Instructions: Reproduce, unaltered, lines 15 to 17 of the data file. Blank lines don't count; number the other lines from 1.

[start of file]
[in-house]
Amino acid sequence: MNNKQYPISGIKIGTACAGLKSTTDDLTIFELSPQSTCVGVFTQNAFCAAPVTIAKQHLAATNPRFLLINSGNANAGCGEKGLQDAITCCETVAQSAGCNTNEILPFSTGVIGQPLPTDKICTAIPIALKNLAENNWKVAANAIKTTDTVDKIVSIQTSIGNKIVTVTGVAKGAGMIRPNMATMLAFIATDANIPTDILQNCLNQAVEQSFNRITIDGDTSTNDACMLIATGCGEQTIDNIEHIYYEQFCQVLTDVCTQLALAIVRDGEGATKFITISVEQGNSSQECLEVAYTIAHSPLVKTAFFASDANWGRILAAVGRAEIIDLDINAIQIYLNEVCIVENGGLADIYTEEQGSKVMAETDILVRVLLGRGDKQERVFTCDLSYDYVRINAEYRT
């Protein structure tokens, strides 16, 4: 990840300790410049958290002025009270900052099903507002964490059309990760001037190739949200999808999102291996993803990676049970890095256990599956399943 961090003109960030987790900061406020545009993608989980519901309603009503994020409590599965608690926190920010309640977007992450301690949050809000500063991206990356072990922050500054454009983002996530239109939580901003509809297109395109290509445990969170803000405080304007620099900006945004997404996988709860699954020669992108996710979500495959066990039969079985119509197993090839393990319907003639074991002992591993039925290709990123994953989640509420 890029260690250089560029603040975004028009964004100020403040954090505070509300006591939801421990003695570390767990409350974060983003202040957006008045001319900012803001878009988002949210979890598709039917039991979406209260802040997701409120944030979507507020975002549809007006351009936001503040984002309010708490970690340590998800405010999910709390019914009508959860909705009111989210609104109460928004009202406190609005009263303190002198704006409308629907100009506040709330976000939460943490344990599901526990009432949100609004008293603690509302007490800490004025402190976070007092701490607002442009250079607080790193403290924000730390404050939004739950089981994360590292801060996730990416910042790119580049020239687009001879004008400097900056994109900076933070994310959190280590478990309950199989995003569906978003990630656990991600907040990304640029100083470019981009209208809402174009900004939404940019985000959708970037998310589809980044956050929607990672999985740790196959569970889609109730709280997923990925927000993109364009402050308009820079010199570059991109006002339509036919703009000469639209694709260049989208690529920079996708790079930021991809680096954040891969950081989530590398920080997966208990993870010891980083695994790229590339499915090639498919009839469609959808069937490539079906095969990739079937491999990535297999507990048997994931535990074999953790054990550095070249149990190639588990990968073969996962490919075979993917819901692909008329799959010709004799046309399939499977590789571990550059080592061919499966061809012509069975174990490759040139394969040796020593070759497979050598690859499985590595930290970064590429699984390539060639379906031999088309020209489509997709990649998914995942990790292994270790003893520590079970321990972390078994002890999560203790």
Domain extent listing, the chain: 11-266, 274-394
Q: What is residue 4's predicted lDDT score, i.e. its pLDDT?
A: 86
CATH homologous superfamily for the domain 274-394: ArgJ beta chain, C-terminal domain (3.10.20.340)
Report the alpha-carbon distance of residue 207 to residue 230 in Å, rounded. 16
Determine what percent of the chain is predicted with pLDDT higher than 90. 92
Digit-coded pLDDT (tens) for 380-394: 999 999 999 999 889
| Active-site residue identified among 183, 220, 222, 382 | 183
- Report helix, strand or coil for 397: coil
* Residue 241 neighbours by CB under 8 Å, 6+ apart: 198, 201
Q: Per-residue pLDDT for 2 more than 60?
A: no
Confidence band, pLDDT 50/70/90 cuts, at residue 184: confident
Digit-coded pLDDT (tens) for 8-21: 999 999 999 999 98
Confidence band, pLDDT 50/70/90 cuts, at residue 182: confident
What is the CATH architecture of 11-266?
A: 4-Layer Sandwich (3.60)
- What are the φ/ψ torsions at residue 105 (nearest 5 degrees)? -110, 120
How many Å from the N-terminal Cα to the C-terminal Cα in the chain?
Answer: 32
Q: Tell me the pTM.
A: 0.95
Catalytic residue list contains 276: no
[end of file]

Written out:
A: no
Confidence band, pLDDT 50/70/90 cuts, at residue 184: confident
Digit-coded pLDDT (tens) for 8-21: 999 999 999 999 98